December 2011
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Realty PE funds open up new avenues

The Indian real estate sector has grown rapidly over the last few years, with its stakeholder profile evolving from locally-focused, privately-owned enterprises to increasingly corporatised, professional organisations funded with public capital and having multiple market and product strategies.
As a result, Indian real estate has seen a considerable flow of capital in recent years, both from foreign as well as domestic sources. The developer community is adapting to the requirements of joint venture arrangements with institutional capital sources by providing improved transparency and higher professional standards.
The preferences of commercial space occupiers (particularly MNCs) as well as residential space buyers are driving improvements in design, engineering and construction quality. Interestingly, the fragmented nature of the Indian developer community provides scope for real estate private equity (REPE) funds to source off-market investment opportunities and strategic relationships. This has led to Indian HNIs viewing domestic REPE funds as a preferred asset class for diversified investment.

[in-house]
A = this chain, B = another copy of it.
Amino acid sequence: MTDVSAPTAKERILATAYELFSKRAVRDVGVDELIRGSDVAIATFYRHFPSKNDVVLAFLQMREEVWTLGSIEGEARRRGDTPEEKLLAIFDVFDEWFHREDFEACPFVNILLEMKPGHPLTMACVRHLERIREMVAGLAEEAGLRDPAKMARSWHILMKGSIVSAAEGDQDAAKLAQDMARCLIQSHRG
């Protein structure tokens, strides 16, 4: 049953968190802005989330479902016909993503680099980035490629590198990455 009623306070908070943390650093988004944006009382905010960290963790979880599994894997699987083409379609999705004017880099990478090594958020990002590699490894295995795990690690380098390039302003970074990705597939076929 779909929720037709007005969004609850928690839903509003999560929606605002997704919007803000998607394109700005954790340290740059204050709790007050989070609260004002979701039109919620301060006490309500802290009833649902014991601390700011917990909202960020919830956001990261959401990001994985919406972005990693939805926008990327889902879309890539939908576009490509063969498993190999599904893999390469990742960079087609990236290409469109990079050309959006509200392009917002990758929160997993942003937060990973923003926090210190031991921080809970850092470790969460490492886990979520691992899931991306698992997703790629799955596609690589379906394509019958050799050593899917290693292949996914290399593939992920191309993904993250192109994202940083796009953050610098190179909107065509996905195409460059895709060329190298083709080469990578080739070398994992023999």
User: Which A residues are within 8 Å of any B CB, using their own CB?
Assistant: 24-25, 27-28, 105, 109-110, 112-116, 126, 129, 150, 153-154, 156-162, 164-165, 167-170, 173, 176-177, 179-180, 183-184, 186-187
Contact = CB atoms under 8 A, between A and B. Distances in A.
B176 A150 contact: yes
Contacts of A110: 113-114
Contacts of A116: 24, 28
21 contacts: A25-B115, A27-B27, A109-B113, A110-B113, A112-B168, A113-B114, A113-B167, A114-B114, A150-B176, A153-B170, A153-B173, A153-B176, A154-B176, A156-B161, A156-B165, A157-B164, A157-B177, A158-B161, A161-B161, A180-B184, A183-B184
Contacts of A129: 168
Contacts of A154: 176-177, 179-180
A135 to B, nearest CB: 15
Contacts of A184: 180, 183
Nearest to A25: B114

The demand for quality residential and commercial real estate in India is proven and sustainable; presenting investors at many levels with opportunities for income growth and capital appreciation (REPE is not suitable for small retail investors, since the minimum ticket size in most funds is Rs 25 lakh). There are many different strategies adopted by PE fund managers. The most common investment strategies include:
• Core investing
• Core plus investing
• Value added investing, and
• Opportunistic investing
REPE funds usually have a five-to-seven year life span. The period includes a twoyear investment period where properties are acquired, followed by a 3-5 year holding period, when active asset management is carried out. At the end of the whole period, the investors make an exit when the acquired properties are sold. The typical expenses for such investor include:
• Annual management fees
• One-time setup fees, and
• A performance-based fee (also known as carried interest)
As in all other types of private equity investing, REPE investors have to review their financial condition, investment purpose, risk openness, time horizon, diversification and liquidity needs before making an investment decision. They also need to evaluate a number of aspects of the REPE fund itself. These are:
• Integrity, quality and stability: The integrity of the fund manager and the quality and stability of the management team are extremely important, as are the quality of financial and operating controls, corporate governance and reporting.
• Financial soundness: The investor also needs to evaluate the REPE fund’s overall capital structure, the soundness of the company assets and the sustainability of earnings. The due diligence should include its historical and prospective financial health and the potential returns on investment weighed against the perceived risk.